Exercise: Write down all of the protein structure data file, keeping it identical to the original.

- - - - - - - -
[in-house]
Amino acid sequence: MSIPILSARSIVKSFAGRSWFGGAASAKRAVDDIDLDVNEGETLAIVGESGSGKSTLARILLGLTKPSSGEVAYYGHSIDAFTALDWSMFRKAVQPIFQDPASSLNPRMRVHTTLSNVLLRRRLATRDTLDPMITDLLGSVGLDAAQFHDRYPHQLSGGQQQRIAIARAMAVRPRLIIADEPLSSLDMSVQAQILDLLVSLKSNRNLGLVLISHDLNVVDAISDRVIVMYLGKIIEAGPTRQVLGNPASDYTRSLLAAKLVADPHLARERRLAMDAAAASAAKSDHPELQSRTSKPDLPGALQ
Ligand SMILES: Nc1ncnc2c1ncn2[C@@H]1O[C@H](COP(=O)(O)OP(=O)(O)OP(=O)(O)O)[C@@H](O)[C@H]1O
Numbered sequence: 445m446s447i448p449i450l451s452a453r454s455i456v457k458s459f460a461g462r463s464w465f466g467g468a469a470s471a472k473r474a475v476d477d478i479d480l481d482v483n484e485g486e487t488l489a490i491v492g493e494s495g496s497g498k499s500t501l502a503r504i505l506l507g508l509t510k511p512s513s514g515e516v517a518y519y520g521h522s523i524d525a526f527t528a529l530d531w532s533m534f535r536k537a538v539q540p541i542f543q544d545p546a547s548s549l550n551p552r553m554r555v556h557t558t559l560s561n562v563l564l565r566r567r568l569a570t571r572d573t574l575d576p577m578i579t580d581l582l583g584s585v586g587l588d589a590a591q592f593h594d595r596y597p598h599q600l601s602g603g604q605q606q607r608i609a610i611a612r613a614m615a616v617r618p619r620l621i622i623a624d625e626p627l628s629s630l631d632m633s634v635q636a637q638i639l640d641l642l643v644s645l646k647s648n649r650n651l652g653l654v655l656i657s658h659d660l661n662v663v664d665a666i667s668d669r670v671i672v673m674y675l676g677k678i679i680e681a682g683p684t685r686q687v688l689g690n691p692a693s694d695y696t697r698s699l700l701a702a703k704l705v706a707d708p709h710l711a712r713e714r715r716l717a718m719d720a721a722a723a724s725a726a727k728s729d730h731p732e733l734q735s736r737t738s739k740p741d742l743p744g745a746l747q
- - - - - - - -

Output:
[in-house]
Amino acid sequence: MSIPILSARSIVKSFAGRSWFGGAASAKRAVDDIDLDVNEGETLAIVGESGSGKSTLARILLGLTKPSSGEVAYYGHSIDAFTALDWSMFRKAVQPIFQDPASSLNPRMRVHTTLSNVLLRRRLATRDTLDPMITDLLGSVGLDAAQFHDRYPHQLSGGQQQRIAIARAMAVRPRLIIADEPLSSLDMSVQAQILDLLVSLKSNRNLGLVLISHDLNVVDAISDRVIVMYLGKIIEAGPTRQVLGNPASDYTRSLLAAKLVADPHLARERRLAMDAAAASAAKSDHPELQSRTSKPDLPGALQ
Ligand SMILES: Nc1ncnc2c1ncn2[C@@H]1O[C@H](COP(=O)(O)OP(=O)(O)OP(=O)(O)O)[C@@H](O)[C@H]1O
Numbered sequence: 445m446s447i448p449i450l451s452a453r454s455i456v457k458s459f460a461g462r463s464w465f466g467g468a469a470s471a472k473r474a475v476d477d478i479d480l481d482v483n484e485g486e487t488l489a490i491v492g493e494s495g496s497g498k499s500t501l502a503r504i505l506l507g508l509t510k511p512s513s514g515e516v517a518y519y520g521h522s523i524d525a526f527t528a529l530d531w532s533m534f535r536k537a538v539q540p541i542f543q544d545p546a547s548s549l550n551p552r553m554r555v556h557t558t559l560s561n562v563l564l565r566r567r568l569a570t571r572d573t574l575d576p577m578i579t580d581l582l583g584s585v586g587l588d589a590a591q592f593h594d595r596y597p598h599q600l601s602g603g604q605q606q607r608i609a610i611a612r613a614m615a616v617r618p619r620l621i622i623a624d625e626p627l628s629s630l631d632m633s634v635q636a637q638i639l640d641l642l643v644s645l646k647s648n649r650n651l652g653l654v655l656i657s658h659d660l661n662v663v664d665a666i667s668d669r670v671i672v673m674y675l676g677k678i679i680e681a682g683p684t685r686q687v688l689g690n691p692a693s694d695y696t697r698s699l700l701a702a703k704l705v706a707d708p709h710l711a712r713e714r715r716l717a718m719d720a721a722a723a724s725a726a727k728s729d730h731p732e733l734q735s736r737t738s739k740p741d742l743p744g745a746l747q